Re: Topten help!
Article: 8897 of alt.hackers From: firstname.lastname@example.org (Alan Shutko) Newsgroups: alt.hackers Subject: Re: Topten help! Date: 19 Oct 1995 12:54:59 -0500 Organization: Washington University Lines: 34 Sender: email@example.com Approved: Emacs Liberation Front Message-ID: firstname.lastname@example.org <email@example.com> NNTP-Posting-Host: firstname.lastname@example.org In-reply-to: email@example.com's message of 18 Oct 1995 20:16:57 GMT X-Newsreader: Gnus v5.0.6 Status: RO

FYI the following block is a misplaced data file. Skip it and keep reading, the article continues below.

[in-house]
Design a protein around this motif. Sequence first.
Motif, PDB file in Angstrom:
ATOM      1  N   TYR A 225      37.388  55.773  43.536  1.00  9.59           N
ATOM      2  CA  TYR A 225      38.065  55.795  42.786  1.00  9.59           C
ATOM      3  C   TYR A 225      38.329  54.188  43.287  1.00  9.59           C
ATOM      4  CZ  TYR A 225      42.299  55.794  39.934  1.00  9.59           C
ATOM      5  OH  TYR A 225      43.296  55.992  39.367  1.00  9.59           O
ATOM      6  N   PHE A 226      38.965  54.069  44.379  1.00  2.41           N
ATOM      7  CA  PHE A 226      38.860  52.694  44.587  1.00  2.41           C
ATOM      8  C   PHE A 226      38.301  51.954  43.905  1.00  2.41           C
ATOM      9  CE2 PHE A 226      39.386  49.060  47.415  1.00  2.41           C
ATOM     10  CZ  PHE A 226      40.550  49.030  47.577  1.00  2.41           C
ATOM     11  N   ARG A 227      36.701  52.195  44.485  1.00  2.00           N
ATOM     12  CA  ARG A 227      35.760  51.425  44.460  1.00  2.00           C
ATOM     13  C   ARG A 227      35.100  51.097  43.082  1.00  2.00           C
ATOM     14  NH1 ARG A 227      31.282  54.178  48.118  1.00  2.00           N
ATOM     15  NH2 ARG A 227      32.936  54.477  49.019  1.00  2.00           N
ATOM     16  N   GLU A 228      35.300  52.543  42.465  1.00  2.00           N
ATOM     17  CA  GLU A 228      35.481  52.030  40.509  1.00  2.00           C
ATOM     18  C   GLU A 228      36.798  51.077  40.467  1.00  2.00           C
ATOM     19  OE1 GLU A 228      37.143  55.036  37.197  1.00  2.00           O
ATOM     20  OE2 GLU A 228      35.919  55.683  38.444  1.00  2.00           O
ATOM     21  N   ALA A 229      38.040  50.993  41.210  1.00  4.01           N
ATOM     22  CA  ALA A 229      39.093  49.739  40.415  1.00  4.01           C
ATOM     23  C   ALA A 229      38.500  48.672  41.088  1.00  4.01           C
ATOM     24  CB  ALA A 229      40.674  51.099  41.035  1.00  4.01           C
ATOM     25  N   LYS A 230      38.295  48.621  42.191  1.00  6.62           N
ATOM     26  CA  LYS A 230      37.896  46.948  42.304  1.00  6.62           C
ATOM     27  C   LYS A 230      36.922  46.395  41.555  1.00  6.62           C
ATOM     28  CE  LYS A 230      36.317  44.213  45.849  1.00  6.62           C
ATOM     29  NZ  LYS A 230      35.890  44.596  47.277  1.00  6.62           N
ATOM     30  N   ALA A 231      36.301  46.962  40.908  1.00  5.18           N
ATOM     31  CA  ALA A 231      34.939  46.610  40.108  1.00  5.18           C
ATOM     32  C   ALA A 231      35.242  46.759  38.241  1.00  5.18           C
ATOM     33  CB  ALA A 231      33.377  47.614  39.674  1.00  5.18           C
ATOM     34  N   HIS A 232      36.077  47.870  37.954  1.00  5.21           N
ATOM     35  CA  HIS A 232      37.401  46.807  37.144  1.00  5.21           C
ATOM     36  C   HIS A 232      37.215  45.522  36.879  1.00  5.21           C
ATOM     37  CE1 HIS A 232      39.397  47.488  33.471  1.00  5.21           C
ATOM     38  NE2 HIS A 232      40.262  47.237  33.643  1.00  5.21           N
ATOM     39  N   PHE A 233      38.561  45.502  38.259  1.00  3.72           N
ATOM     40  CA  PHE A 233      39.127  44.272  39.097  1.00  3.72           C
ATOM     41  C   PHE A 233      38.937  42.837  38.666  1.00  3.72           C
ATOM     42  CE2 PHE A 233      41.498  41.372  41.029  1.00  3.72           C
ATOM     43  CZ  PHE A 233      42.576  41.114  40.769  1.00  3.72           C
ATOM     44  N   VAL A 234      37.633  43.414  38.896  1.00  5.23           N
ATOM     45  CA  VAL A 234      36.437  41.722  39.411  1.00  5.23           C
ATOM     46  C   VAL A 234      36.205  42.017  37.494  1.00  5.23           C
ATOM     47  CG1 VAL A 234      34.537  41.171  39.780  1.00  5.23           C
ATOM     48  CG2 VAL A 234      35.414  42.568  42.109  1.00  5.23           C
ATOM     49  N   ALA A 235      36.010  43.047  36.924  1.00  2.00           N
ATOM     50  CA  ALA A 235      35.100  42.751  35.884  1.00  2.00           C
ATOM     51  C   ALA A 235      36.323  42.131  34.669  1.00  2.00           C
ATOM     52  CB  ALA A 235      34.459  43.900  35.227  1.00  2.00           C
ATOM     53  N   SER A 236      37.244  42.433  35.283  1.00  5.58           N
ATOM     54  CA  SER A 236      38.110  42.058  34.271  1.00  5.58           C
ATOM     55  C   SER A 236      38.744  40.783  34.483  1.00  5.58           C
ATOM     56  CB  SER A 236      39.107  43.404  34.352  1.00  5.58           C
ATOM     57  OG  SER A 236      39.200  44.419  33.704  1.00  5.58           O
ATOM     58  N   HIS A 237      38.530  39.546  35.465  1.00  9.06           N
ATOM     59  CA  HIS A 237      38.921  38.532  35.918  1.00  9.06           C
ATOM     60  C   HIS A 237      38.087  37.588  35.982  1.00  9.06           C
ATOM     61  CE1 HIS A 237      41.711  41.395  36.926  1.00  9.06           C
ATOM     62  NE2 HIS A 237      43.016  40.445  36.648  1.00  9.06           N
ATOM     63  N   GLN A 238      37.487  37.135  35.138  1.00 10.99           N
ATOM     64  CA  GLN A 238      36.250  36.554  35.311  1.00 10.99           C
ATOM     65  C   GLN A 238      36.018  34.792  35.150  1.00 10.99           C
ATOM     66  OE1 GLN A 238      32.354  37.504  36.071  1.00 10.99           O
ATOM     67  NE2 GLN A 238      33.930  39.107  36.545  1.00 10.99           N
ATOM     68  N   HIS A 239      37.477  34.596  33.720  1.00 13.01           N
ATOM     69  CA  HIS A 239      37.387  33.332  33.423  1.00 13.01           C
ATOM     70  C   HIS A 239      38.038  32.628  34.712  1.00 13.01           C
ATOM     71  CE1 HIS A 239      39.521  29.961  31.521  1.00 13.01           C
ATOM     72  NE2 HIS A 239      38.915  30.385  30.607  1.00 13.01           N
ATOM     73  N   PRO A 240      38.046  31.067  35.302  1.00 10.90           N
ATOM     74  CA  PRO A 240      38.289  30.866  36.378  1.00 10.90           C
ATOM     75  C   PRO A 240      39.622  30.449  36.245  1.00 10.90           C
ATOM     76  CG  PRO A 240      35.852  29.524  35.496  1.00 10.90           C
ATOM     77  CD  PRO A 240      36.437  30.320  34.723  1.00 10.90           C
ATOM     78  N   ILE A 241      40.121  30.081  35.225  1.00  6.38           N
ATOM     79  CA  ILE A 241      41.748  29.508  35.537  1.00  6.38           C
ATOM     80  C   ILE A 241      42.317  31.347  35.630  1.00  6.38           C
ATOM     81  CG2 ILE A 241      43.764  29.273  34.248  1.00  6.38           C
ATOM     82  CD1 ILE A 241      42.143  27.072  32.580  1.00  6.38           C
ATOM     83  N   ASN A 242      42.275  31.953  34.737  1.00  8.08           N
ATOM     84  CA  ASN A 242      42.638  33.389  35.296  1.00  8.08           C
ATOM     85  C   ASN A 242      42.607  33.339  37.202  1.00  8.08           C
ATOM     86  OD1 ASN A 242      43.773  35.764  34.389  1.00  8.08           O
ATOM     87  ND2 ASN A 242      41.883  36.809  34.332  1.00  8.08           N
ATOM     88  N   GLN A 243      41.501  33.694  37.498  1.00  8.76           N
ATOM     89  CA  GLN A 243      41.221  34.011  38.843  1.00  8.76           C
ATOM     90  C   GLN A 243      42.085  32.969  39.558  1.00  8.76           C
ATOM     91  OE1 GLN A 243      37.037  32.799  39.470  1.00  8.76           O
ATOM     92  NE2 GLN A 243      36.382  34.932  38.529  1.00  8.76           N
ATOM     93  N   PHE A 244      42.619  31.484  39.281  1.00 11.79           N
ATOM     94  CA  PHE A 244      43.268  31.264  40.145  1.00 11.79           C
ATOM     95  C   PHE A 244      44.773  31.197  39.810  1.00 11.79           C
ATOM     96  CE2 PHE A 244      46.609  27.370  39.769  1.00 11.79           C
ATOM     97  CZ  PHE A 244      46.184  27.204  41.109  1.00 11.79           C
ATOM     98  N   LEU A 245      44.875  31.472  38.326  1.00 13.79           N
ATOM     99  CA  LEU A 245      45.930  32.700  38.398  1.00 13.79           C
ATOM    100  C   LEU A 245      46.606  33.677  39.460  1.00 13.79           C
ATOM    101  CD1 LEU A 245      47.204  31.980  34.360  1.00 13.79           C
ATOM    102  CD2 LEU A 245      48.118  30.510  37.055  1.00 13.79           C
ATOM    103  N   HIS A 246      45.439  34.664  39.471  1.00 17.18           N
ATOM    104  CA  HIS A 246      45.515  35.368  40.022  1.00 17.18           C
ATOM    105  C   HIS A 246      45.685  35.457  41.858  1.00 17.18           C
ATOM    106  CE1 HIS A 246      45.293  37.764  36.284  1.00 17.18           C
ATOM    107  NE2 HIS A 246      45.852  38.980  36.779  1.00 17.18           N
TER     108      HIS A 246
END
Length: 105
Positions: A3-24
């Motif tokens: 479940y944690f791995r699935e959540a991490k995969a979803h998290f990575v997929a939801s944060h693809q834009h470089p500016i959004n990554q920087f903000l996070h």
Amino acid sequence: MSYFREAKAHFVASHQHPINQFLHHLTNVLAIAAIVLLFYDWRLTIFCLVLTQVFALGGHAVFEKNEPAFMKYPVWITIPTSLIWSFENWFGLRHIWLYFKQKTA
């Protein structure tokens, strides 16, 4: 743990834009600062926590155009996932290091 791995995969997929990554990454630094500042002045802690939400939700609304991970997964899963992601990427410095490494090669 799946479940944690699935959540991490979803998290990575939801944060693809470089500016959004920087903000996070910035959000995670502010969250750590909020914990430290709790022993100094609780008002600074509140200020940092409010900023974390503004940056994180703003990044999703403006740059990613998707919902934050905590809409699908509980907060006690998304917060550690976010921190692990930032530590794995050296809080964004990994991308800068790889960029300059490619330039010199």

>>>>> "CT" == Christopher Thompson <firstname.lastname@example.org> writes: CT> Hammond Andrew (email@example.com) wrote: >> What's wrong with tcsh's sched or cron? Or don't you run UNIX on >> your home box? If you're at all CS oriented, you might want to >> consider dedicating a little HD space to set it up. CT> I would. But not enough ram. Not enough disk space. Not enough CT> time. And no nice CD-ROM drive (or one that isn't nice) to CT> install it from. And I don't want to install from disk. Gee. You have less than two megs of RAM? I'm sorry! But you don't need a CD-ROM to install Linux. You can make do with lots of disks (which I did in the first place), but a much nicer method is to NFS mount wuarchive.wustl.edu and nfs install from there. It is slower than CD but just as easy, and you don't have to pick up a drive somewhere. I've done t a few times. ObCalculatorHack: I found out on my (now defunct) Casio FX-5000f calculator that there was a way to use the line editor to edit memory. The FX-5000 allowed you to string programs by doing a Prog 1:Prog 3 type thing. If the second Prog was actually a syntax error (ie, Prog 3:Prog X) the calculator would barf and when you hit a cursor to edit the error, dump you into the editor with a lot of funny characters. A little investigation showed that you could look at most of the calculators memory in that buffer, and edit it. Overwriting things was safe, but deleting or inserting characters messed the program memory up enough that a hard reset with a pencil on that back button was necessary to be able to clear the now horribly munged programs.